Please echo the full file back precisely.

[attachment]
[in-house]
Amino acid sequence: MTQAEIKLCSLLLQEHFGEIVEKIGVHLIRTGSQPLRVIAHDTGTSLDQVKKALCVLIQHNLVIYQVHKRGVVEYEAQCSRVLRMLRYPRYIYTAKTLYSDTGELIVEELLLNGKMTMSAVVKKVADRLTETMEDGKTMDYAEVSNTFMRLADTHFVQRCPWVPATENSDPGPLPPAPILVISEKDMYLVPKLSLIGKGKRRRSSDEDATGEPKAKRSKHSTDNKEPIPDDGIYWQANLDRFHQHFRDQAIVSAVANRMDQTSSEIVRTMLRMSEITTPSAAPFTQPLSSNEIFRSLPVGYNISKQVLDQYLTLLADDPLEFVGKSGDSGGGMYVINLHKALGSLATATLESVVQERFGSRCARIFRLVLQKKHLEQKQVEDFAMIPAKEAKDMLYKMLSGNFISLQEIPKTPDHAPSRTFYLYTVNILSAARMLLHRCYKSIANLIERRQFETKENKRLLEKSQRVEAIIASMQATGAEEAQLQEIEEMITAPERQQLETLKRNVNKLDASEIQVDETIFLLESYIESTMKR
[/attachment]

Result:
[in-house]
Amino acid sequence: MTQAEIKLCSLLLQEHFGEIVEKIGVHLIRTGSQPLRVIAHDTGTSLDQVKKALCVLIQHNLVIYQVHKRGVVEYEAQCSRVLRMLRYPRYIYTAKTLYSDTGELIVEELLLNGKMTMSAVVKKVADRLTETMEDGKTMDYAEVSNTFMRLADTHFVQRCPWVPATENSDPGPLPPAPILVISEKDMYLVPKLSLIGKGKRRRSSDEDATGEPKAKRSKHSTDNKEPIPDDGIYWQANLDRFHQHFRDQAIVSAVANRMDQTSSEIVRTMLRMSEITTPSAAPFTQPLSSNEIFRSLPVGYNISKQVLDQYLTLLADDPLEFVGKSGDSGGGMYVINLHKALGSLATATLESVVQERFGSRCARIFRLVLQKKHLEQKQVEDFAMIPAKEAKDMLYKMLSGNFISLQEIPKTPDHAPSRTFYLYTVNILSAARMLLHRCYKSIANLIERRQFETKENKRLLEKSQRVEAIIASMQATGAEEAQLQEIEEMITAPERQQLETLKRNVNKLDASEIQVDETIFLLESYIESTMKR